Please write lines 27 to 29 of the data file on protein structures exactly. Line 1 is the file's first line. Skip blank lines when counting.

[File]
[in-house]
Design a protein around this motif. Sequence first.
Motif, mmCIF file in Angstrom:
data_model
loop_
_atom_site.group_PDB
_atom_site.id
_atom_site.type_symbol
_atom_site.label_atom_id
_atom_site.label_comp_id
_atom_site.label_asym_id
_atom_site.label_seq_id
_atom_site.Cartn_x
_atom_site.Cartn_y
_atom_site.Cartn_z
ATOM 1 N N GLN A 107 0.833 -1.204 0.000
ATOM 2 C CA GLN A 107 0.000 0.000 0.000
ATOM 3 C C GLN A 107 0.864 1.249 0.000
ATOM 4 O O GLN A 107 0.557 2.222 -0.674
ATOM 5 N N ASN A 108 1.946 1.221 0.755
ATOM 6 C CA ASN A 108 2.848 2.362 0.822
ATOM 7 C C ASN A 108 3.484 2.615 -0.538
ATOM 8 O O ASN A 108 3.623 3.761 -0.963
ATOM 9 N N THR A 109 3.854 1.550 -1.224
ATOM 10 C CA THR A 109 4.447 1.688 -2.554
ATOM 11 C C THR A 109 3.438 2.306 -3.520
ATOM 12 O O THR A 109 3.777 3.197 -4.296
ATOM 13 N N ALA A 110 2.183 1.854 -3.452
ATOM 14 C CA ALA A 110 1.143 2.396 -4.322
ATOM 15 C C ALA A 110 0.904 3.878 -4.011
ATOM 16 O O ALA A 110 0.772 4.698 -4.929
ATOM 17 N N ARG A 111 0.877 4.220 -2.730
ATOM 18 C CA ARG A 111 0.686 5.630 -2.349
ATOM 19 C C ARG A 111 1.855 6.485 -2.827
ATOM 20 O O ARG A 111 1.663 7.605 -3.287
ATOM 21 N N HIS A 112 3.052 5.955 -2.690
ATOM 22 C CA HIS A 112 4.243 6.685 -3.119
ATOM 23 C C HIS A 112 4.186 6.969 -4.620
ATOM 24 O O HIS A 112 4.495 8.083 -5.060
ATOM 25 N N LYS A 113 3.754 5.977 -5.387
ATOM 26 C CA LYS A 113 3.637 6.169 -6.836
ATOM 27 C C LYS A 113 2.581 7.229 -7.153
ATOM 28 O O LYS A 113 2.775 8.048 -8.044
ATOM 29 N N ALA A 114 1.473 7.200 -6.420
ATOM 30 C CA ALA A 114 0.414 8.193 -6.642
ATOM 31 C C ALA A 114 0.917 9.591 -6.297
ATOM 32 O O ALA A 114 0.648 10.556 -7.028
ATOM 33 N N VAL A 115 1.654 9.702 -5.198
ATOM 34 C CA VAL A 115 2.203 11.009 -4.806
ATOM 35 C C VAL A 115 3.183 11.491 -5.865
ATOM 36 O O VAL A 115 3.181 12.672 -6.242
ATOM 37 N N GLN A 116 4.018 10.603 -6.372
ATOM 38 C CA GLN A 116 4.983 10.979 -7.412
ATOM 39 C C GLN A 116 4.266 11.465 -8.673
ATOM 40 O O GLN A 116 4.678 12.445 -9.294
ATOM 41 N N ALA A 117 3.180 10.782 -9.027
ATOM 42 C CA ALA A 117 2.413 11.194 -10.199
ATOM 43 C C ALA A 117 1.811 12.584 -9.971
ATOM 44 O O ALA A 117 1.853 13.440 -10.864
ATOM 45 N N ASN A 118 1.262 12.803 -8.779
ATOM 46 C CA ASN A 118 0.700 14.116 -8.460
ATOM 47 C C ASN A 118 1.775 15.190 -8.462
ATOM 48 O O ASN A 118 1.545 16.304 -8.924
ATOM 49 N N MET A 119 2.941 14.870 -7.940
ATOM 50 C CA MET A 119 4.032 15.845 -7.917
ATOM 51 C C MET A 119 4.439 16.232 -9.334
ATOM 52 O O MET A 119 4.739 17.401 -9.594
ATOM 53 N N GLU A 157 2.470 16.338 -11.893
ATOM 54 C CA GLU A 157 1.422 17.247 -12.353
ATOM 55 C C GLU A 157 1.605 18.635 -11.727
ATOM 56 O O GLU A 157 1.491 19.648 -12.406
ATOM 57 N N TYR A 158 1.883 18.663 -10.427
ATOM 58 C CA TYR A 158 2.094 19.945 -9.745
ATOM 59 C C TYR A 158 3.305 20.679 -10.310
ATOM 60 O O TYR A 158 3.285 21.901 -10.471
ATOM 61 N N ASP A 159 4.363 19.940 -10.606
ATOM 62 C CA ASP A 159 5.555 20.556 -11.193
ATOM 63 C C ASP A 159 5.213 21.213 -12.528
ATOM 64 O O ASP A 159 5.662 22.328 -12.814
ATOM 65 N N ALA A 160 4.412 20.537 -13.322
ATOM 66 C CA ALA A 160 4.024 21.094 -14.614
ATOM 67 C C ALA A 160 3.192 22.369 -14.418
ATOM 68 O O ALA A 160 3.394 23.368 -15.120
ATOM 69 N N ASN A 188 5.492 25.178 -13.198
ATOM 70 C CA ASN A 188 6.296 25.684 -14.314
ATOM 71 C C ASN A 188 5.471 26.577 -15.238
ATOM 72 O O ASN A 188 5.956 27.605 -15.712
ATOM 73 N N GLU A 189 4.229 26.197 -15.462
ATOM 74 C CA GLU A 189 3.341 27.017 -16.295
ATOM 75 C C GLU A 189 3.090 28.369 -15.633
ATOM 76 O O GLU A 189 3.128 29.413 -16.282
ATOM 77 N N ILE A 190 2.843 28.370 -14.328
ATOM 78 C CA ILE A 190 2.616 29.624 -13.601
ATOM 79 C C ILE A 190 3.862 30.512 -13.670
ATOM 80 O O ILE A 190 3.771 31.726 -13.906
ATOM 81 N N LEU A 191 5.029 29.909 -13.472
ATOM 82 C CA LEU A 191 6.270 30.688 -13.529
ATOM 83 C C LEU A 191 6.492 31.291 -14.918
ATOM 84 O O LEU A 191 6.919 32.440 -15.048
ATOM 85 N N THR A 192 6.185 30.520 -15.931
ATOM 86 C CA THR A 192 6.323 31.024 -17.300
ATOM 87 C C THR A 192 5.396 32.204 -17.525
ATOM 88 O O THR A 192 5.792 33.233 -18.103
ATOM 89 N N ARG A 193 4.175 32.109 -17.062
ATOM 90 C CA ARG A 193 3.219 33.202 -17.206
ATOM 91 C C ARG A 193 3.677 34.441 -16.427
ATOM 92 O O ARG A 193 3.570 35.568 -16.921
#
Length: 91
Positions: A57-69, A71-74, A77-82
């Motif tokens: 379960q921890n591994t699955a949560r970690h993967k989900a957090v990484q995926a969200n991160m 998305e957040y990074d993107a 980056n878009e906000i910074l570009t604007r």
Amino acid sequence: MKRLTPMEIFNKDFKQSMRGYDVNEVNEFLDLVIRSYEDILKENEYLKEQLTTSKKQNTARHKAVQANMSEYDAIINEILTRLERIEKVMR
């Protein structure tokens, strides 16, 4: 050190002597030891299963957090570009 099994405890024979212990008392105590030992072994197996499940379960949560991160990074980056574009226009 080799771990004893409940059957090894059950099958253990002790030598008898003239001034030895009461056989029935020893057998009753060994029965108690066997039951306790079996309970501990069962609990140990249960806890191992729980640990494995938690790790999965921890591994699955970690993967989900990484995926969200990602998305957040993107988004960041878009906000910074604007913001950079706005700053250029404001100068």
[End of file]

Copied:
ATOM 12 O O THR A 109 3.777 3.197 -4.296
ATOM 13 N N ALA A 110 2.183 1.854 -3.452
ATOM 14 C CA ALA A 110 1.143 2.396 -4.322